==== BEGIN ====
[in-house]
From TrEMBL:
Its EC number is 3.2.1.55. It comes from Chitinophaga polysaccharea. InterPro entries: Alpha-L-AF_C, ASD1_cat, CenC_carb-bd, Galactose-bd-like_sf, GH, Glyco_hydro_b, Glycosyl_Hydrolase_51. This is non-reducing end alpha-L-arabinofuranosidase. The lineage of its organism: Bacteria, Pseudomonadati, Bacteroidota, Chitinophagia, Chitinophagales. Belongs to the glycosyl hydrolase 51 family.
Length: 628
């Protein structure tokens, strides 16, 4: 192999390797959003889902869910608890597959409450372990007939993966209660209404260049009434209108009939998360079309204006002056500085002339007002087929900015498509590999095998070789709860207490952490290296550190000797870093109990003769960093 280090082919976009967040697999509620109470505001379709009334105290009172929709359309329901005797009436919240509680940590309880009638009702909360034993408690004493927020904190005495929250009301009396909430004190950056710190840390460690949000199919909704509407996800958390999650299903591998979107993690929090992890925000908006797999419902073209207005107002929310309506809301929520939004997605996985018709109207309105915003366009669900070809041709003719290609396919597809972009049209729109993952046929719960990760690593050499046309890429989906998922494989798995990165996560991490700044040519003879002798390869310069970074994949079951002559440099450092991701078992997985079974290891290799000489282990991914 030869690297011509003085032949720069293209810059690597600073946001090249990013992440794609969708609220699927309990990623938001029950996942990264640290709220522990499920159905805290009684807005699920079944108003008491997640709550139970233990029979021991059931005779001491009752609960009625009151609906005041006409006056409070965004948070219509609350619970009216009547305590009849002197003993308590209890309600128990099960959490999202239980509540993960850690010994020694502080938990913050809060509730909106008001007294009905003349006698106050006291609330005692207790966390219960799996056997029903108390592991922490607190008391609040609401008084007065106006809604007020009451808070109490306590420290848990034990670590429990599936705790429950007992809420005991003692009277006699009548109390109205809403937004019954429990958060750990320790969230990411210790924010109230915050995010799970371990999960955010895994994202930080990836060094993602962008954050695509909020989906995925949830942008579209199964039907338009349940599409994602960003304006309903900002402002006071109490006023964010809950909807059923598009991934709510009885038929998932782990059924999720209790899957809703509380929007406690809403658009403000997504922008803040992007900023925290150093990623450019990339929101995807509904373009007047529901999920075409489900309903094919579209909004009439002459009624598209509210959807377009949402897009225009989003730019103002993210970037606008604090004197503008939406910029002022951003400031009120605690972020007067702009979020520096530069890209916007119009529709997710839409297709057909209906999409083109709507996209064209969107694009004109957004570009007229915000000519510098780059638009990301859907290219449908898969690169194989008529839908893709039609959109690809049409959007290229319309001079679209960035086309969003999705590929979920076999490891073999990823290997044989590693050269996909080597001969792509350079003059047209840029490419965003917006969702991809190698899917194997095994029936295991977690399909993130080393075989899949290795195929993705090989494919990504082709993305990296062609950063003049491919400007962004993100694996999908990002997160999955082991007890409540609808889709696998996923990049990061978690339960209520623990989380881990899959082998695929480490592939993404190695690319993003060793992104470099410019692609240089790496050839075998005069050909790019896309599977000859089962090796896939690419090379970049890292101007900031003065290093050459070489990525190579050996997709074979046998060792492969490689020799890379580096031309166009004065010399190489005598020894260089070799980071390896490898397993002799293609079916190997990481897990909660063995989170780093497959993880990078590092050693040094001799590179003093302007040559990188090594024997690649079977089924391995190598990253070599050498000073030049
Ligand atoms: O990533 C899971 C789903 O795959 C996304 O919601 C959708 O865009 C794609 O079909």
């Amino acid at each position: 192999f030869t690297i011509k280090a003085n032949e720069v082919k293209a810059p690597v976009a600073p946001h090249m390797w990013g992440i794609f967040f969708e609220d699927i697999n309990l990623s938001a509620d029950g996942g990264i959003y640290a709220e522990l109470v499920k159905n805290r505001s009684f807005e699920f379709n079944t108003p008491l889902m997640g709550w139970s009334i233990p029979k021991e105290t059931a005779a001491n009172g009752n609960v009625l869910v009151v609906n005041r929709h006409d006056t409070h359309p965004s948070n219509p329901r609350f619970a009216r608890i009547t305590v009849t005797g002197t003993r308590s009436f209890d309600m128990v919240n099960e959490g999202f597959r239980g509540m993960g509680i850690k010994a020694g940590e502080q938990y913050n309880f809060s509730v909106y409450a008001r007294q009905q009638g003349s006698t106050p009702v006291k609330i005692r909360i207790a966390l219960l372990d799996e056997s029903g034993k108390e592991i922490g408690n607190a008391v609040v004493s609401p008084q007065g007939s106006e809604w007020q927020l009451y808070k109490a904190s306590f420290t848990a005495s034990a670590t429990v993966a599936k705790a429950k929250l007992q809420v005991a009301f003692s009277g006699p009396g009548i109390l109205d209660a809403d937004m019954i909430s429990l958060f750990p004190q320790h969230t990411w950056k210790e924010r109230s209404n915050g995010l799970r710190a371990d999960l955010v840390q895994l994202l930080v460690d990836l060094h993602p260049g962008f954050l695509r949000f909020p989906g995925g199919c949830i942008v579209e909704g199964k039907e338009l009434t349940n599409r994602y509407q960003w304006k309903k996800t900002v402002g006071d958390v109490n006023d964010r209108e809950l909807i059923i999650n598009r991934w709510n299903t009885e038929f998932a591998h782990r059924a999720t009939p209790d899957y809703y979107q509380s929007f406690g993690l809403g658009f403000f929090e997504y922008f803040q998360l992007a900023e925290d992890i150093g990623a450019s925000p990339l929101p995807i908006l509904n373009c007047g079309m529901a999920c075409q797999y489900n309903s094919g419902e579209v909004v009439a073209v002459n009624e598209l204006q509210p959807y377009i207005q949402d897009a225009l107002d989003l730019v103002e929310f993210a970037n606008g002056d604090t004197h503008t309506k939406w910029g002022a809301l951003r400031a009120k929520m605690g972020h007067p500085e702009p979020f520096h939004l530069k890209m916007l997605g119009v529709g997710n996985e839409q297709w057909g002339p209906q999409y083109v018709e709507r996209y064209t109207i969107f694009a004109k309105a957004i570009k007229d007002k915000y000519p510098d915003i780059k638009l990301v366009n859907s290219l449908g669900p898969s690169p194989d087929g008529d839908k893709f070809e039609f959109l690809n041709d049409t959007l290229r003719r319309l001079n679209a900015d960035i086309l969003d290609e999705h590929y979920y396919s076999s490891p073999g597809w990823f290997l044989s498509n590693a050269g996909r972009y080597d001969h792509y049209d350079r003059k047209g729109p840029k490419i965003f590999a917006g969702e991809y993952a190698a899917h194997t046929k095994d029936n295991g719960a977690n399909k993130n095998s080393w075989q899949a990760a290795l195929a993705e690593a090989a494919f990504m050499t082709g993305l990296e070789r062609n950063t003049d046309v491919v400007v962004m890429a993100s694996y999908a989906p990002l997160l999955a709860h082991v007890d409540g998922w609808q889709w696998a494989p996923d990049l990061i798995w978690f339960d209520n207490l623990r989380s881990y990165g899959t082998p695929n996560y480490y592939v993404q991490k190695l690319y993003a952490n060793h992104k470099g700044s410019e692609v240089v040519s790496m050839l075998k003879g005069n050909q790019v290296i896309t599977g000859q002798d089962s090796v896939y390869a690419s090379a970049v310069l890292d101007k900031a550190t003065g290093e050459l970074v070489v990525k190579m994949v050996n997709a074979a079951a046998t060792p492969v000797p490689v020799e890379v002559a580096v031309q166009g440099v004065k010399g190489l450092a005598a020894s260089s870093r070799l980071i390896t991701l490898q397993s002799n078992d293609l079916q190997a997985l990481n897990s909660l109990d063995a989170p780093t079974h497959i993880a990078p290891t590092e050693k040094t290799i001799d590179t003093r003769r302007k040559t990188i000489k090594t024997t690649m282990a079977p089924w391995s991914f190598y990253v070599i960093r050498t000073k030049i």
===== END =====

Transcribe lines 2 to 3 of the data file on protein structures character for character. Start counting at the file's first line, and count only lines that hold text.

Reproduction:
From TrEMBL:
Its EC number is 3.2.1.55. It comes from Chitinophaga polysaccharea. InterPro entries: Alpha-L-AF_C, ASD1_cat, CenC_carb-bd, Galactose-bd-like_sf, GH, Glyco_hydro_b, Glycosyl_Hydrolase_51. This is non-reducing end alpha-L-arabinofuranosidase. The lineage of its organism: Bacteria, Pseudomonadati, Bacteroidota, Chitinophagia, Chitinophagales. Belongs to the glycosyl hydrolase 51 family.